Relations between the United States and Great Britain were strained and, as 1811 ended, the U.S. established an embargo on British goods. When Cuffe reached Newport, Rhode Island in April 1812 his ship the Traveller was seized by U.S. customs agents along with all its goods. Officials would not release his cargo, so Cuffe went to Washington, D.C. to appeal.[29] There he met with Secretary of the Treasury Albert Gallatin and President James Madison. Madison warmly welcomed Cuffe into the White House. Deciding that Cuffe was unaware of and did not intentionally violate the embargo, Madison ordered his cargo returned to him. Madison also questioned Cuffe about his experience of and conditions in Sierra Leone. Eager to learn about Africa, Madison was interested in the possibility of expanding recolonization. However, Madison eventually rejected Cuffe's plans, since Sierra Leone was a British colony, and strained diplomatic situation with Britain would soon lead to war. Despite this, Madison regarded Cuffe as the authority on Africa in the U.S.[30]

Cuffe intended to return to Sierra Leone regularly, but in June the War of 1812 broke out. As a pacifist Quaker, Cuffee opposed the war on spiritual grounds, and also despaired of the trade interruption and attempts to improve Sierra Leone.[31] As the war between the U.S. and Britain continued, Cuffe tried to convince both countries to ease their restrictions on trading, but was unsuccessful and forced to wait until the war ended.[32]

Meanwhile, Cuffe visited Baltimore, Philadelphia and New York, speaking to groups of free Blacks about the colony. Cuffe also urged Blacks to form organizations in these cities, communicate with each other, and correspond with the African Institution and with the Friendly Society at Sierra Leone. He printed a pamphlet about Sierra Leone to inform the general public of his ideas.[33] In the summer of 1813 Cuffee became the largest contributor to rebuilding the Westport Friends' Meeting House.[31]

However, the war meant Cuffe lost ships and suffered financially. The Hero was declared unseaworthy while in Chile and never returned, and his partner in the Alpha, John James of Philadelphia, ran that ship unprofitably.[34] Fortunately the war ended with the Treaty of Ghent at the end of 1814. After getting his finances in order, Paul prepared to return to Sierra Leone.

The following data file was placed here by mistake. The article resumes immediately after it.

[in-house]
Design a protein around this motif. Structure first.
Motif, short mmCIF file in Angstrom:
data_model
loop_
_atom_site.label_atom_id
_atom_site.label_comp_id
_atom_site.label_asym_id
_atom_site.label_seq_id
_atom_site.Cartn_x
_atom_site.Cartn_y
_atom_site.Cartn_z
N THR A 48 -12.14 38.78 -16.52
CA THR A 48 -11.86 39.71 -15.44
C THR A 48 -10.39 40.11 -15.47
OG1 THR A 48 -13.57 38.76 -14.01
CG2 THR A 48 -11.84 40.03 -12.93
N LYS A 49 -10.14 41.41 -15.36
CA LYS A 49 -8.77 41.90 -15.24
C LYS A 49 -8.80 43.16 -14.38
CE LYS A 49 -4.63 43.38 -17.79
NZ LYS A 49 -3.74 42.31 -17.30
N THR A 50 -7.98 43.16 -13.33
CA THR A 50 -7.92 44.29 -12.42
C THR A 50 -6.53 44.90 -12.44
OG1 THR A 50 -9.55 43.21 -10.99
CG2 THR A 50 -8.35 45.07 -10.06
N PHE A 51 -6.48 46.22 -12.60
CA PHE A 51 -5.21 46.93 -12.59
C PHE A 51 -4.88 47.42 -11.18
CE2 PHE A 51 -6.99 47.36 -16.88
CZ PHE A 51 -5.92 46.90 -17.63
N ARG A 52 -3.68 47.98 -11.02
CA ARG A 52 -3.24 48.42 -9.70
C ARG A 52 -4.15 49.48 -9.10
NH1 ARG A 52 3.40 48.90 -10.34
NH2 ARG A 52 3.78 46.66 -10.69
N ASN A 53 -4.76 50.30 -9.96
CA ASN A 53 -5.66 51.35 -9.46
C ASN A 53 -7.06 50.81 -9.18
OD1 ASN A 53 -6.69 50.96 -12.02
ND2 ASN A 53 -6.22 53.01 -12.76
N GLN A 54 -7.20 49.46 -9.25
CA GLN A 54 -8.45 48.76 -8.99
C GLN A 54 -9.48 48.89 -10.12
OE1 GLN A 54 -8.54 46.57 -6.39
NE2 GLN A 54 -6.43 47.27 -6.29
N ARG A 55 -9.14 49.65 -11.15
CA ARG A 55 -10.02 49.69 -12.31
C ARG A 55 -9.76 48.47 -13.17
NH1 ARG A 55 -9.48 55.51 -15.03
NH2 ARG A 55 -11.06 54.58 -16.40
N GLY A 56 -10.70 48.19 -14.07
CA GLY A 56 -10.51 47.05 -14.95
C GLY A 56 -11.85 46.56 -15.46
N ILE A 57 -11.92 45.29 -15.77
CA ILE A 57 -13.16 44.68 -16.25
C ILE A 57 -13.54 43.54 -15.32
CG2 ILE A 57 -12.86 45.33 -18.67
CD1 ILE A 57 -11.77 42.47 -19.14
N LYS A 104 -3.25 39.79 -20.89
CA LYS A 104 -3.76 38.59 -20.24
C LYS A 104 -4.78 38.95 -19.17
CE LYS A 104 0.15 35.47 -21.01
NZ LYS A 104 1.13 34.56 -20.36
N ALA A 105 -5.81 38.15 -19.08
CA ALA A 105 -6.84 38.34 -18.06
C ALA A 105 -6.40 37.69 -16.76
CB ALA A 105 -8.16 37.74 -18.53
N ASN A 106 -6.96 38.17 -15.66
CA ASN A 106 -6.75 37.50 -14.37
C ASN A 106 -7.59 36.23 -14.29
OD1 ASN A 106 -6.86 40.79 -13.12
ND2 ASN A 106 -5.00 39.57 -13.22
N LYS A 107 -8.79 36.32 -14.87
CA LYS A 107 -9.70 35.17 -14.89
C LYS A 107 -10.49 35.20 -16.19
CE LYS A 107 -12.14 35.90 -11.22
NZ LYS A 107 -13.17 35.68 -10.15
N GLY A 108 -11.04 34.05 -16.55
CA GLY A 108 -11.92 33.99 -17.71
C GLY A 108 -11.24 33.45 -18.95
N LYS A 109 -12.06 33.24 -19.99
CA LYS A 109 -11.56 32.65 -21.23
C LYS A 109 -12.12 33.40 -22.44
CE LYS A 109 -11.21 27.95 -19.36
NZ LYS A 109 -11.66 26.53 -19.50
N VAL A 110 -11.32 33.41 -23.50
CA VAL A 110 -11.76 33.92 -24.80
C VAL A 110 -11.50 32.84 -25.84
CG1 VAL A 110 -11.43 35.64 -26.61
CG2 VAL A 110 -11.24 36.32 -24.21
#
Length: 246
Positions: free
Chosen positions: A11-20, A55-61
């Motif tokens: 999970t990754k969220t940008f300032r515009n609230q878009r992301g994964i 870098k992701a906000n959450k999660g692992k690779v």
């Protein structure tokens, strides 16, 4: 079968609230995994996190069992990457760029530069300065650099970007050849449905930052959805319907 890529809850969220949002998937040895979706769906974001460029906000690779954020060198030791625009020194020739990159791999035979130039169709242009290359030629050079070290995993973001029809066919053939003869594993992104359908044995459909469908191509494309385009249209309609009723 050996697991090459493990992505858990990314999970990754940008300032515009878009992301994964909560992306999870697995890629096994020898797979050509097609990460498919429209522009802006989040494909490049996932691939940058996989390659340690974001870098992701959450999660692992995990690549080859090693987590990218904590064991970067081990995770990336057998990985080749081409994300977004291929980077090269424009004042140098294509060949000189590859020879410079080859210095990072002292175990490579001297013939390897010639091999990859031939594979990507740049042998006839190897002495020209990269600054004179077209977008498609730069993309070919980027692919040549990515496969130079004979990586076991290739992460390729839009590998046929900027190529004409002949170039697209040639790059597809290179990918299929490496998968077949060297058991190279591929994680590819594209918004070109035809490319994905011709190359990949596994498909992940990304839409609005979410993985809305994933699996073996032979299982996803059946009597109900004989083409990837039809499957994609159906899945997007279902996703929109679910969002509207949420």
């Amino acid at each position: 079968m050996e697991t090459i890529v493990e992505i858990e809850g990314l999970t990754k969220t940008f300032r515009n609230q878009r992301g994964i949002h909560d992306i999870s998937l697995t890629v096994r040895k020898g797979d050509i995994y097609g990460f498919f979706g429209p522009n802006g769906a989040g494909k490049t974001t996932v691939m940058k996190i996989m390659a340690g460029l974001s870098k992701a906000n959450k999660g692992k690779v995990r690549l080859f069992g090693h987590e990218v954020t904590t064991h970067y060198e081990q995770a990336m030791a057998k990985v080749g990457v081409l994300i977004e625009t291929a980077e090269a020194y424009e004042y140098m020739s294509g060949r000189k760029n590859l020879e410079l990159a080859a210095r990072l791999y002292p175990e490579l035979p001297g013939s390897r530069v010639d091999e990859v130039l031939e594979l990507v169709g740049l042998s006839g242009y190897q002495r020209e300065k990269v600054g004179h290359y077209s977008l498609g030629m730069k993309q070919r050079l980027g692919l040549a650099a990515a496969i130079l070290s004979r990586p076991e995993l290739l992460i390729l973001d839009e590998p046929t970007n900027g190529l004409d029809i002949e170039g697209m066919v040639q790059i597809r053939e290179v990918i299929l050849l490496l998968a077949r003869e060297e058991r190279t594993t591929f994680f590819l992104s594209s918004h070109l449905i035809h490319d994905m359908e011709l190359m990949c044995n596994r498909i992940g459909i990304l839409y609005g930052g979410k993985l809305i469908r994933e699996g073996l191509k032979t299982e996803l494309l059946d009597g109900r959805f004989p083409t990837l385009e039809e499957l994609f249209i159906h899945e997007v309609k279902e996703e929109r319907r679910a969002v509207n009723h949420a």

After the War[edit]

Paul Cuffe sailed out of Westport on December 10, 1815, with 38 African-American colonists (18 adults and 20 children[35] ranging in age from eight months to 60 years.[36]) The group included William Gwinn and his family from Boston, Massachusetts.[37]

The expedition cost Cuffe more than $4000. Passengers paying their own fares plus a donation by William Rotch of New Bedford, Massachusetts accounted for the remaining $1000 in expenses.[38] The colonists arrived in Sierra Leone on February 3, 1816, along with axes, hoes, a plow, wagon and parts to make a saw mill. Cuffe and his immigrants were not greeted as warmly as before. Governor MacCarthy was already having trouble keeping the general population in order and was not excited at the idea of more immigrants. In addition, the Militia Act, which had been imposed upon the colony, required all adult males to swear an oath of allegiance to the Crown. Many local people refused to do so for fear of being drafted into military service.[39] Although things did not go exactly as planned economically - his cargo sold at heavily undervalued prices[40] - the new colonists were finally all settled in Freetown. Cuffe believed that once continuous trade between America, Britain, and Africa commenced, the society would realize his predicted success.[41] For Cuffe, though, the expedition was costly. Each colonist needed their first year's provisions, which he fronted for them. Governor MacCarthy was sure that the African Institution would reimburse Cuffe, but that and the heavy tariff duties left more than $8,000 of deficit for the captain.[42] The African Institution in England never contributed to the mission at all, and Cuffe had to deal with hard economic consequences.[43] Cuffee needed reliable backing before he could afford another such expedition.

Later years[edit]

On his return to New York in 1816, Cuffe exhibited to the New York chapter of the African Institution the certificates of the landing of those colonists at Sierra Leone. "He has also received from Gov. M'Carthy a certificate of the steady and sober conduct of the settlers since their arrival, and an acknowledgment of $439.62, humanely advanced to them since they landed, to promote their comfort and advantage."[44]